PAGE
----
By Niharika Gaur
We still live in a society where straight people have more rights, power, and freedom. In my recent conversation with our next straight ally, Dewanshi Chauhan, 23, from Gwalior, I wondered whether “Straight Privilege” is more prevalent than we tend to feel.
For those of you who don't know what it means,
Straight, or heterosexual privilege, describes the advantages straight people experience in their day-to-day lives. These advantages are easy to take for granted. Because our culture is heteronormative – or geared towards straight people – it can be difficult to spot examples of straight privilege, especially if you are straight.
As a student of MBA, she has already shown an initiative to passionately talk about what she feels like a true leader.
“Straight people are not legally and socially bound and that is not fair to other communities.”
“I am an ally because I believe in the fact that no one should have the right to curtail the freedom of a person. Nobody should be able to control what people can or can’t do.”
Living in Gwalior, she states that she does not know anybody who is LGBT. According to psychological research, our opinions are formed by the kind of people we interact with and the kind of conversations we have. Her views have largely been shaped by her parents who are also in full support of the cause. When asked about her views on the Section 377, she had this to add,
“I don’t support this section. I fail to understand why the government has adopted it. It is similar to ruling over a person’s life.”
The National Crimes Bureau in India released its crime data report “Crime in India 2015’. While there was an overall increase of crimes in India, there is one striking feature about the increase in the type of crime. As of 2015, 1347 cases were registered under Section 377. 102 such cases were recorded in Madhya Pradesh alone. With these growing number one would not be wrong to extrapolate how there is an increase in the number of LGBT still living in the closet due to the fear of being ostracised in the region.
“Here in Gwalior, people can get really violent sometimes. This happens especially when they are dealing with Hijras (trangenders) on the road. I have come across instances where I have seen people or even the police beating up some of the hijras. It's heartbreaking."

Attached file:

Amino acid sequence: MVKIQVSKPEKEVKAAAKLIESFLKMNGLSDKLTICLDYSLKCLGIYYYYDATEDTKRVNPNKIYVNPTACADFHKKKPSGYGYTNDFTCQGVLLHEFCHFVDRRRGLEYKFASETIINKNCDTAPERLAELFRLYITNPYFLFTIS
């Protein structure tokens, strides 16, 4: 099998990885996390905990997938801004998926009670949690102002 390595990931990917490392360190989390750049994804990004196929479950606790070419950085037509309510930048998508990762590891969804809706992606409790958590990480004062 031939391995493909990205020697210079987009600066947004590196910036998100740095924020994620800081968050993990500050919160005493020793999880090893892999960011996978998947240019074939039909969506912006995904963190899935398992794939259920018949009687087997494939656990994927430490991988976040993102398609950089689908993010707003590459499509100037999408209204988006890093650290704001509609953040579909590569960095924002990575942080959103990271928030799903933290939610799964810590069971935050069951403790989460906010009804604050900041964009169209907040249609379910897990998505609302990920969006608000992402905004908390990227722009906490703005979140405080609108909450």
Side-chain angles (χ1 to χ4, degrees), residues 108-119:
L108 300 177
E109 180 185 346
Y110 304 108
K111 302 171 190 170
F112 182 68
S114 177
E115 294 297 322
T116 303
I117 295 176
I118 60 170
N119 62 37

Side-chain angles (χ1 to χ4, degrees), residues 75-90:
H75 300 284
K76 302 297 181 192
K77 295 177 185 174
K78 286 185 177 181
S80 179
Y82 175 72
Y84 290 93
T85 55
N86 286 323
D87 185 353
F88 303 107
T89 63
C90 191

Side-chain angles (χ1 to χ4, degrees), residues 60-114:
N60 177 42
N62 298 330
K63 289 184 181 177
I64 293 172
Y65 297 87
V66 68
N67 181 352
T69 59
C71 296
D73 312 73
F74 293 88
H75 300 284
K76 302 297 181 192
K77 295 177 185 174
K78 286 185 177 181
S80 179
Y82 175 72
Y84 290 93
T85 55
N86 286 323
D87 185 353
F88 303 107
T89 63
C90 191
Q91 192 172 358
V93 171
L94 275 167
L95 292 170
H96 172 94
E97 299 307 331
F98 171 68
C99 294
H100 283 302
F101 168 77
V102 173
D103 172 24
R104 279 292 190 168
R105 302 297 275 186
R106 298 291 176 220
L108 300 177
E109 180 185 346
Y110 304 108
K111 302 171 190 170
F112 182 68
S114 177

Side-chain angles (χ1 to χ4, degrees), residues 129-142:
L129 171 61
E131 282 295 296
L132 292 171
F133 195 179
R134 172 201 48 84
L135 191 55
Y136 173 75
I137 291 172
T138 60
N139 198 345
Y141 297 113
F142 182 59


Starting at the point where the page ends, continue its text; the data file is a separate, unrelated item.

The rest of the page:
A petition sought the court’s intervention to ensure compulsory registration of FIRs against eunuchs to dissuade them from seeking money in 2014. The same was rejected by the Madhya Pradesh High Court. Hence, there is now a continuous case of growing illegal hostilities amongst the eunuchs and police.
“Hijras in Gwalior go out and ask people for money. It is their way of living as they can't seek employment. With no legal documentation, they are hardly even considered citizens and have very limited rights.”
Due to the social restrictions Dewanshi and I discussed about, we come across the fact that many Hijras are forced to reside to performing in ceremonies, begging, pimping and even prostitution.
Yet where this situation seemed bleak, we come across an instance of Madhya Pradesh alone where a eunuch broke all societal norms and became the first transgender Indian to hold public office. Her name was Shabnam Mausi. She was elected as an MLA in 1998 and held the office till 2003. It was extra-ordinary because it was just 4 years after Transgenders were allowed to vote. Presently, she works as a gender activist.
As Dewanshi and my conversation progressed, she accentuated the hypocrisy that unfortunately many of us breathe.
“We live in a country where everyone is instructed to say the national pledge with the words hitting me hard every time they say ‘All Indians are my brothers and sisters’. I hope the people start practicing the same brotherhood they preach in school assembly halls.”
And in the end of the conversation, I was forced to recall and ponder about the same national pledge that Indians are made to recite. I hope everyone actually treats other people with courtesy. As in the well being and prosperity of the people around us, lies our happiness